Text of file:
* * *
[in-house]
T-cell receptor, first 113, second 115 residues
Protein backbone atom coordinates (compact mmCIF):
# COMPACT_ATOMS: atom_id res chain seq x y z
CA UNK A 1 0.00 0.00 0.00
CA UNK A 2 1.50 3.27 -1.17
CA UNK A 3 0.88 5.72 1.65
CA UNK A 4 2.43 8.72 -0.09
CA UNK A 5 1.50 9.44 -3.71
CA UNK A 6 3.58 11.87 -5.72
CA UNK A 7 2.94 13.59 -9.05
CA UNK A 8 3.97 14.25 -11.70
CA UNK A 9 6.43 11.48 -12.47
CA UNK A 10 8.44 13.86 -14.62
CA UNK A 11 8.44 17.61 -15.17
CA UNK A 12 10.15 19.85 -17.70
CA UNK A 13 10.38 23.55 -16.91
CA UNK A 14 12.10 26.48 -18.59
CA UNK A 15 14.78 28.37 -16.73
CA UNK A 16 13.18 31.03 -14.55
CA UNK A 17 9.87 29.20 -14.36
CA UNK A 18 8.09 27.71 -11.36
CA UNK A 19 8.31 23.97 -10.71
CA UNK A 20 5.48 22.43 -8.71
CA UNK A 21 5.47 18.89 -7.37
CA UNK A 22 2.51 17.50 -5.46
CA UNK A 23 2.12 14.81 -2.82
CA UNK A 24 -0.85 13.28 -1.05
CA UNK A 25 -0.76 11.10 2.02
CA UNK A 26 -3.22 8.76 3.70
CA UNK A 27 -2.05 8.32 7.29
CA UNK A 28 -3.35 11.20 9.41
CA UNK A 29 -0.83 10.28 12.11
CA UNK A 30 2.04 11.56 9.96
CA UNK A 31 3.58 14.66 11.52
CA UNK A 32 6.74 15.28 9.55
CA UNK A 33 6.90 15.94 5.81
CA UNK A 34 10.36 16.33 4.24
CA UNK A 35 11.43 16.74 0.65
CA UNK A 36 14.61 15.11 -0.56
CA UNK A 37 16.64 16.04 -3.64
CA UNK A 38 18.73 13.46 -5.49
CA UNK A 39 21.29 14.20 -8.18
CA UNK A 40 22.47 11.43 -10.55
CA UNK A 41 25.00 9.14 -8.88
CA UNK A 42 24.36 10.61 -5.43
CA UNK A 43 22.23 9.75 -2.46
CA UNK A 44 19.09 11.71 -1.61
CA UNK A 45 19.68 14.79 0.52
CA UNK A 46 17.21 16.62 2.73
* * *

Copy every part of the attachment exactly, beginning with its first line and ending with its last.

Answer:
[in-house]
T-cell receptor, first 113, second 115 residues
Protein backbone atom coordinates (compact mmCIF):
# COMPACT_ATOMS: atom_id res chain seq x y z
CA UNK A 1 0.00 0.00 0.00
CA UNK A 2 1.50 3.27 -1.17
CA UNK A 3 0.88 5.72 1.65
CA UNK A 4 2.43 8.72 -0.09
CA UNK A 5 1.50 9.44 -3.71
CA UNK A 6 3.58 11.87 -5.72
CA UNK A 7 2.94 13.59 -9.05
CA UNK A 8 3.97 14.25 -11.70
CA UNK A 9 6.43 11.48 -12.47
CA UNK A 10 8.44 13.86 -14.62
CA UNK A 11 8.44 17.61 -15.17
CA UNK A 12 10.15 19.85 -17.70
CA UNK A 13 10.38 23.55 -16.91
CA UNK A 14 12.10 26.48 -18.59
CA UNK A 15 14.78 28.37 -16.73
CA UNK A 16 13.18 31.03 -14.55
CA UNK A 17 9.87 29.20 -14.36
CA UNK A 18 8.09 27.71 -11.36
CA UNK A 19 8.31 23.97 -10.71
CA UNK A 20 5.48 22.43 -8.71
CA UNK A 21 5.47 18.89 -7.37
CA UNK A 22 2.51 17.50 -5.46
CA UNK A 23 2.12 14.81 -2.82
CA UNK A 24 -0.85 13.28 -1.05
CA UNK A 25 -0.76 11.10 2.02
CA UNK A 26 -3.22 8.76 3.70
CA UNK A 27 -2.05 8.32 7.29
CA UNK A 28 -3.35 11.20 9.41
CA UNK A 29 -0.83 10.28 12.11
CA UNK A 30 2.04 11.56 9.96
CA UNK A 31 3.58 14.66 11.52
CA UNK A 32 6.74 15.28 9.55
CA UNK A 33 6.90 15.94 5.81
CA UNK A 34 10.36 16.33 4.24
CA UNK A 35 11.43 16.74 0.65
CA UNK A 36 14.61 15.11 -0.56
CA UNK A 37 16.64 16.04 -3.64
CA UNK A 38 18.73 13.46 -5.49
CA UNK A 39 21.29 14.20 -8.18
CA UNK A 40 22.47 11.43 -10.55
CA UNK A 41 25.00 9.14 -8.88
CA UNK A 42 24.36 10.61 -5.43
CA UNK A 43 22.23 9.75 -2.46
CA UNK A 44 19.09 11.71 -1.61
CA UNK A 45 19.68 14.79 0.52
CA UNK A 46 17.21 16.62 2.73